Stiglitz, who won the Nobel Prize in economics in 2001, weighs in on the stimulus and the recent tax cuts, claiming that . . .
. . . the trick would be to address several key economic inefficiencies. The first is that the defense budget has ballooned, so that we are spending an enormous amount overseas—where it doesn’t do anything for our economy—and on weapons with little use. The second is that we give subsidies to a wide range of businesses, which makes the market less efficient and is often in violation of our treaty obligations. The third is that we invest too little in the public goods like the infrastructure necessary for our economy to function. And the last inefficiency is that an increasingly large share—more than 20%—of our national income goes to the top 1% of earners, which means less money goes to the middle class—the real engine of economic growth.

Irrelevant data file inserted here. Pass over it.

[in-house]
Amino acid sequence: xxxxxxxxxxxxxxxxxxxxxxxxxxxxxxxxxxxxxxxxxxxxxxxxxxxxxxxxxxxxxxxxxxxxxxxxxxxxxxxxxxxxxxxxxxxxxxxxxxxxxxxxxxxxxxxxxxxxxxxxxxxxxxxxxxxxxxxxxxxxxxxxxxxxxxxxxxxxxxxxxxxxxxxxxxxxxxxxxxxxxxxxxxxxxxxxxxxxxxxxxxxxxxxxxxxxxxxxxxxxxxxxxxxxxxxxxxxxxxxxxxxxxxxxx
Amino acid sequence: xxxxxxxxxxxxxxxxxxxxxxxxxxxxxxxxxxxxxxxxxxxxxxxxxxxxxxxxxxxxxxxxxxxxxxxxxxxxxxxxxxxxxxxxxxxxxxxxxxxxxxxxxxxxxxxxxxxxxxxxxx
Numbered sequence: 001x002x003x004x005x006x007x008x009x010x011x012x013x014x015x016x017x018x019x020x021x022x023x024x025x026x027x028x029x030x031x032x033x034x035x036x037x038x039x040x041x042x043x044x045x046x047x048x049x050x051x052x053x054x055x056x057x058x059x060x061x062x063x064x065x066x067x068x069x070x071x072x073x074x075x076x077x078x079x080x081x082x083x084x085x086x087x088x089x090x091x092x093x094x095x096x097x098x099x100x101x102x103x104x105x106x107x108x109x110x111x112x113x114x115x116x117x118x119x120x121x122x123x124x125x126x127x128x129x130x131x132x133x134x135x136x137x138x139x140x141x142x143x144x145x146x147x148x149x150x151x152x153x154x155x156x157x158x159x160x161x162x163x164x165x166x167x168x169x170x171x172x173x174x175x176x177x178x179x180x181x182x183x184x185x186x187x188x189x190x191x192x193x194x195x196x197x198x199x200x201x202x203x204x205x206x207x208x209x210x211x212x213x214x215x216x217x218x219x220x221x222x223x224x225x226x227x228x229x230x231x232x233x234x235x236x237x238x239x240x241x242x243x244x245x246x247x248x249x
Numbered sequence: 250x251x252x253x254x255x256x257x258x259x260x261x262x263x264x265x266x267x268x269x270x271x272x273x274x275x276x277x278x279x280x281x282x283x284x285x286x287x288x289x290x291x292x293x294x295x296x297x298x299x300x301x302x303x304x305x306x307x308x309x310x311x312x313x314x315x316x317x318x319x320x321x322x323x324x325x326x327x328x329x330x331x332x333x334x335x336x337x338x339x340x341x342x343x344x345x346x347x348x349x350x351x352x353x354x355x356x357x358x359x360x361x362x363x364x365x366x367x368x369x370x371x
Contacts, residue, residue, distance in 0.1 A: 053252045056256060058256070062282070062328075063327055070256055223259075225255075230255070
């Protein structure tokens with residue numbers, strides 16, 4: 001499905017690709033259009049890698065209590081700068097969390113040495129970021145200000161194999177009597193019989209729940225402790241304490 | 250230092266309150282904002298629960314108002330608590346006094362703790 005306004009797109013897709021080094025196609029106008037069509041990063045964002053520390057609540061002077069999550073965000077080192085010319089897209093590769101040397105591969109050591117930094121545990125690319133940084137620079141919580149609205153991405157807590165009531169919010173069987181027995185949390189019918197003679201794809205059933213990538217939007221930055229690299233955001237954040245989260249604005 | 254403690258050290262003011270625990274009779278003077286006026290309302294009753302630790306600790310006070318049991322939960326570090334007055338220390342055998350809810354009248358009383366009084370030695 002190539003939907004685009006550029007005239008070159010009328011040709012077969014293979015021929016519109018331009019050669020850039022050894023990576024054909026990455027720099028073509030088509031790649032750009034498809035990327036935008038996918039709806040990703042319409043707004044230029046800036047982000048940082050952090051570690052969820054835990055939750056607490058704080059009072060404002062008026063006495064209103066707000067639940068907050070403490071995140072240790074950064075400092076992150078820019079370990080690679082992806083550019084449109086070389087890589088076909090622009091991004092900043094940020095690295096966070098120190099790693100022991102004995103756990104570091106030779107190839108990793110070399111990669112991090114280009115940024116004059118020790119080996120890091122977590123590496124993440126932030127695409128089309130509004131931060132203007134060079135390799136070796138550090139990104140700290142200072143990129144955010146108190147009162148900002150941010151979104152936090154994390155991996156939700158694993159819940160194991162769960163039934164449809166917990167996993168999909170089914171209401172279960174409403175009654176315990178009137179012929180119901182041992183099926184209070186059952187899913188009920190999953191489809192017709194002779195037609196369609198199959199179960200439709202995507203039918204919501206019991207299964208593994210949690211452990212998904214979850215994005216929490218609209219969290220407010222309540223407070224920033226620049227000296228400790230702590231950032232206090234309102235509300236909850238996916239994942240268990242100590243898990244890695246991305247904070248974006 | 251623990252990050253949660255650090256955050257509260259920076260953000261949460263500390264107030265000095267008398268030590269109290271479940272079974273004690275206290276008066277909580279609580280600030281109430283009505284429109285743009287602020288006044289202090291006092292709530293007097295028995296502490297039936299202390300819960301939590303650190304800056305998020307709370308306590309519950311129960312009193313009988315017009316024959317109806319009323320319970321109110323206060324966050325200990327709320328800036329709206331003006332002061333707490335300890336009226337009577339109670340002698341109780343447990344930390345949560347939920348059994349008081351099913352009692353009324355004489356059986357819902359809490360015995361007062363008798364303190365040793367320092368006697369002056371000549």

So, Stiglitz says, the trick to reducing the deficit in a way that benefits the economy is simple:
• cut wasteful military spending, in part by no longer funding wars in Iraq and Afghanistan
• eliminate corporate subsidies, particularly to the banking, agricultural, and pharmaceutical sectors
• spend money on high-return public investments, increasing long-term economic growth
• increase the capital gains tax, which effectively allows the rich to pay a lower tax rate than the middle class
• raise taxes slightly on the rich—who can afford to pay more in taxes—effectively transferring more money back to the middle class